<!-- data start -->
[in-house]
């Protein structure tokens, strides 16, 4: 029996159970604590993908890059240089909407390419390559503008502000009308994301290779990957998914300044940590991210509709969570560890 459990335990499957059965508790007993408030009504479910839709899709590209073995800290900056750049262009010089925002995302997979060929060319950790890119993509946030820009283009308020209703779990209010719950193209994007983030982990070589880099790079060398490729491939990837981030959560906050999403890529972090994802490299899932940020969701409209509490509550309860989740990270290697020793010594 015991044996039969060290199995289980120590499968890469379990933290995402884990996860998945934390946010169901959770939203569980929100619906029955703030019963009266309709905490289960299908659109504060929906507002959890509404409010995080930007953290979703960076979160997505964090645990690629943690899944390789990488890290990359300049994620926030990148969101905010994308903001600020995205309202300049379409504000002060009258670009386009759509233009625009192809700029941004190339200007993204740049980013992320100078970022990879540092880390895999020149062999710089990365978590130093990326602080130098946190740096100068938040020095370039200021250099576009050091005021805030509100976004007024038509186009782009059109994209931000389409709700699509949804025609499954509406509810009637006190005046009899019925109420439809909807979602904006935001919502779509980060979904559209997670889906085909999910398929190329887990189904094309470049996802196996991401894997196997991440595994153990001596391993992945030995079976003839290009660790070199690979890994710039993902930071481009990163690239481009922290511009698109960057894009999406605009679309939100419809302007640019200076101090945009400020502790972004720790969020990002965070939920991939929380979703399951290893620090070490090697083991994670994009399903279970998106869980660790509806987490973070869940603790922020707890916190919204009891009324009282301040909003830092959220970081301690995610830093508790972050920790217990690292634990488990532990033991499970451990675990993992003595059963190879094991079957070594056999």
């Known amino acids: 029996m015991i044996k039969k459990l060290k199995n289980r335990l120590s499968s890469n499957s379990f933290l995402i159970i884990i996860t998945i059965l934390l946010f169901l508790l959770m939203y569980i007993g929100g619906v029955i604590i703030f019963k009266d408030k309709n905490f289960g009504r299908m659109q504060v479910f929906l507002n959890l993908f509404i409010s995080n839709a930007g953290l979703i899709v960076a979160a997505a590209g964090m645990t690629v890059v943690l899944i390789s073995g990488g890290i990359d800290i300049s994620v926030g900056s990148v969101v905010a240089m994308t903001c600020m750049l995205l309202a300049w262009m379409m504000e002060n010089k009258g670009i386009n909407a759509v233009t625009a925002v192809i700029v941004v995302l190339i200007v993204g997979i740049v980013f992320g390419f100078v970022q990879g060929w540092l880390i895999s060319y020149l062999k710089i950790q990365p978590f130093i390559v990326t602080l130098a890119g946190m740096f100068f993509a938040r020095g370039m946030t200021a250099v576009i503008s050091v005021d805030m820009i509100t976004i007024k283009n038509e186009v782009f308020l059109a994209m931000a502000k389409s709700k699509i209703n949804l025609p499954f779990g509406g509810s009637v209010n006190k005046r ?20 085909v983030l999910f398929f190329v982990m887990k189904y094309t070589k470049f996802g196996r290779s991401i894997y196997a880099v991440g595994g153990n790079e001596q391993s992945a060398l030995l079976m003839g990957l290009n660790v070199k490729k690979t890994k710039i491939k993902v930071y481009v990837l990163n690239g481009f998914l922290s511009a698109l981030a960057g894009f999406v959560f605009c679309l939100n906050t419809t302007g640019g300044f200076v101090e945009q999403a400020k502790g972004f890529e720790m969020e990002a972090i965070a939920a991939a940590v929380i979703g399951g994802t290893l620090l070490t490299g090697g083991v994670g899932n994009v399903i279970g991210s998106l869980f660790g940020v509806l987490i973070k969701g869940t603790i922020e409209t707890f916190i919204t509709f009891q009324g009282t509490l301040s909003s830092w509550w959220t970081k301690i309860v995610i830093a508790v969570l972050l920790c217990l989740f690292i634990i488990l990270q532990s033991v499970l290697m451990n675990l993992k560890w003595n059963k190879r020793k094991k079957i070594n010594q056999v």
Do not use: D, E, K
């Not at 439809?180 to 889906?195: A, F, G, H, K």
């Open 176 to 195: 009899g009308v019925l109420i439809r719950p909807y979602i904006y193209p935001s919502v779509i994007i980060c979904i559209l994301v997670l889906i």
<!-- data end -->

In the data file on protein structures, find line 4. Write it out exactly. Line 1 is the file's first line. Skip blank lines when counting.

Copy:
Do not use: D, E, K